October 9, 2022


Passage: Acts 15:1-29

1 But some men came down from Judea and were teaching the brothers, “Unless you are circumcised according to the custom of Moses, you cannot be saved.” 2 And after Paul and Barnabas had no small dissension and debate with them, Paul and Barnabas and some of the others were appointed to go up to Jerusalem to the apostles and the elders about this question. 3 So, being sent on their way by the church, they passed through both Phoenicia and Samaria, describing in detail the conversion of the Gentiles, and brought great joy to all the brothers. 4 When they came to Jerusalem, they were welcomed by the church and the apostles and the elders, and they declared all that God had done with them. 5 But some believers who belonged to the party of the Pharisees rose up and said, “It is necessary to circumcise them and to order them to keep the law of Moses.”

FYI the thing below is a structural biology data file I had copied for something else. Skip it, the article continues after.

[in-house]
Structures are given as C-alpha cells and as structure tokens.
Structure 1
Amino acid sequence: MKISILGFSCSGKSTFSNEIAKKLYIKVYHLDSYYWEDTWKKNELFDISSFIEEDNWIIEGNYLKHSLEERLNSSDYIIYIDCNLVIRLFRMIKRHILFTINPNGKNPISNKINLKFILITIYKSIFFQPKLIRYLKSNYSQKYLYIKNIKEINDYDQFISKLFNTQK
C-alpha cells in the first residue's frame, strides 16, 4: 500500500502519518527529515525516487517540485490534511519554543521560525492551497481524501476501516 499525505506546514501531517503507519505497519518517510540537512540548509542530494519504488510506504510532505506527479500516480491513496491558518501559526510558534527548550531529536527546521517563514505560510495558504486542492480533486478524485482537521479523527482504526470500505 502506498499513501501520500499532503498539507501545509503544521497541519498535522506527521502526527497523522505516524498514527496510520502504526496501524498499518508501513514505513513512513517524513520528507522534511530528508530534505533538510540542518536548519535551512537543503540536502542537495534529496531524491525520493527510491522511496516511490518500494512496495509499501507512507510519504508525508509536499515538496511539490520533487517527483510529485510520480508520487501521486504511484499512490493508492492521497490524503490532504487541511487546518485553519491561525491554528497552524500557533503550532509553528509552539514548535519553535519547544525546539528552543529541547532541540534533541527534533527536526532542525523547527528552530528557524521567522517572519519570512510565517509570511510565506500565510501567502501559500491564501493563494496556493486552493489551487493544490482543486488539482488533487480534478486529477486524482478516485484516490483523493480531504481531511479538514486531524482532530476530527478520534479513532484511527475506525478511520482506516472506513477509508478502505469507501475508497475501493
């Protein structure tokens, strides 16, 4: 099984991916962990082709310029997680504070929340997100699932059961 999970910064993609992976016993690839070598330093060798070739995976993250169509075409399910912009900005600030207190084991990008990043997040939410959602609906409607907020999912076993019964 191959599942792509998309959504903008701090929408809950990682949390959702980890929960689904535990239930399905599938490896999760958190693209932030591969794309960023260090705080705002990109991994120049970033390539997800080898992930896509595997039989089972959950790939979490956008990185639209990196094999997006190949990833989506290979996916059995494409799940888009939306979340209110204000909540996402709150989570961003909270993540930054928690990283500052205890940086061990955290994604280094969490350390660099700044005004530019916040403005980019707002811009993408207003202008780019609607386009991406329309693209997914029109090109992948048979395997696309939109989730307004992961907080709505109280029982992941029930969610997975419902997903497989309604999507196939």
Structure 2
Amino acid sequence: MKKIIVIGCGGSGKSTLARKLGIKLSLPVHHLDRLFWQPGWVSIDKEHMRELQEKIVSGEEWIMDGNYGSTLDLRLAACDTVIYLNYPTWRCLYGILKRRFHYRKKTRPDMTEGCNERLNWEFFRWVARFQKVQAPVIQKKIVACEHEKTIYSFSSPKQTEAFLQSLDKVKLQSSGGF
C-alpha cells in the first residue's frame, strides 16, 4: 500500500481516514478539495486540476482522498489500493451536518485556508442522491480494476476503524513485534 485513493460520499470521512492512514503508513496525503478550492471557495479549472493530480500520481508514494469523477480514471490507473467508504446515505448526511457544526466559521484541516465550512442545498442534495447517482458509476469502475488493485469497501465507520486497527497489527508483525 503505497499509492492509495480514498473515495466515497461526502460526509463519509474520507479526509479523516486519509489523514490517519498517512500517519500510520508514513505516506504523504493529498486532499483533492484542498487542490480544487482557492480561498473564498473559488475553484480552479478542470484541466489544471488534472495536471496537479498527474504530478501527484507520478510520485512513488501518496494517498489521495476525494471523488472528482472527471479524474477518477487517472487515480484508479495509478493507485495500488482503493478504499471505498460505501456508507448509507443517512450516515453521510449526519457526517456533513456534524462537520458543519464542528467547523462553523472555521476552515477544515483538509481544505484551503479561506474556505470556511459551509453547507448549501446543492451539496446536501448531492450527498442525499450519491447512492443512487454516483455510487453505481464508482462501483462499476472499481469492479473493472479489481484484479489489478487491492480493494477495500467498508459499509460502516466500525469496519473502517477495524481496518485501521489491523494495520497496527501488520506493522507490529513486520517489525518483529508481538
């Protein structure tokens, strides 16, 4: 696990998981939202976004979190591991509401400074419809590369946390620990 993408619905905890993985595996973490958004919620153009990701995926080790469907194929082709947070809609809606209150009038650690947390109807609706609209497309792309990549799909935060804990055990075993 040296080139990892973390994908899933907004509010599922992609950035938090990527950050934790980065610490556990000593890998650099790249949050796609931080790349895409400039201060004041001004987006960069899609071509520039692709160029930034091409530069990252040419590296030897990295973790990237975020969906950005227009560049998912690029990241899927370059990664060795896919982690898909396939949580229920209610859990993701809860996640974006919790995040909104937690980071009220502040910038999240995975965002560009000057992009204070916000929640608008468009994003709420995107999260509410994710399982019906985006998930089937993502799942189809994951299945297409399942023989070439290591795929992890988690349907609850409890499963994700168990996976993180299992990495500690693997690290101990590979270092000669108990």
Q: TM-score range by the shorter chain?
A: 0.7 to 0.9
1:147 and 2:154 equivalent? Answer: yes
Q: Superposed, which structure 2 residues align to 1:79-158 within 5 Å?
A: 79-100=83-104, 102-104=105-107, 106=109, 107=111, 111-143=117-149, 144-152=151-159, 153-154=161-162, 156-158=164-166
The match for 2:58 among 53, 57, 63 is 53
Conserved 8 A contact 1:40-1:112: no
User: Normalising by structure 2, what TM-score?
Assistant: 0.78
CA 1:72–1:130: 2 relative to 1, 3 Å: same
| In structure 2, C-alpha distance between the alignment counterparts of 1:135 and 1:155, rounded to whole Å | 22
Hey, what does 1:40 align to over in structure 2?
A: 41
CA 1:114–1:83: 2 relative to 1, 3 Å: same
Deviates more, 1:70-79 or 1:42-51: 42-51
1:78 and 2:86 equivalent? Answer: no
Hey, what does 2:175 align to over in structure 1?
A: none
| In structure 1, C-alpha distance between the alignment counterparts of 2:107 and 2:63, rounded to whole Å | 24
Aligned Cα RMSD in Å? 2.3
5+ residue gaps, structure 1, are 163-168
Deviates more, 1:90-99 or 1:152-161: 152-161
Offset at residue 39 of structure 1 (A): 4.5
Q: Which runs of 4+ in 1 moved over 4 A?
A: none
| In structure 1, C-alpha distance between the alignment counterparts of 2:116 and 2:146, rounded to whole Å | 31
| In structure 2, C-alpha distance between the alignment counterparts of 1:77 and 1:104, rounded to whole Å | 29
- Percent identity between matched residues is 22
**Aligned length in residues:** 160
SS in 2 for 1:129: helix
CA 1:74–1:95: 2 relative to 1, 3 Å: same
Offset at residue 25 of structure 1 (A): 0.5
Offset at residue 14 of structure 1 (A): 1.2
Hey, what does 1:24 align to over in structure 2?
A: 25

6 The apostles and the elders were gathered together to consider this matter. 7 And after there had been much debate, Peter stood up and said to them, “Brothers, you know that in the early days God made a choice among you, that by my mouth the Gentiles should hear the word of the gospel and believe. 8 And God, who knows the heart, bore witness to them, by giving them the Holy Spirit just as he did to us, 9 and he made no distinction between us and them, having cleansed their hearts by faith. 10 Now, therefore, why are you putting God to the test by placing a yoke on the neck of the disciples that neither our fathers nor we have been able to bear? 11 But we believe that we will be saved through the grace of the Lord Jesus, just as they will.”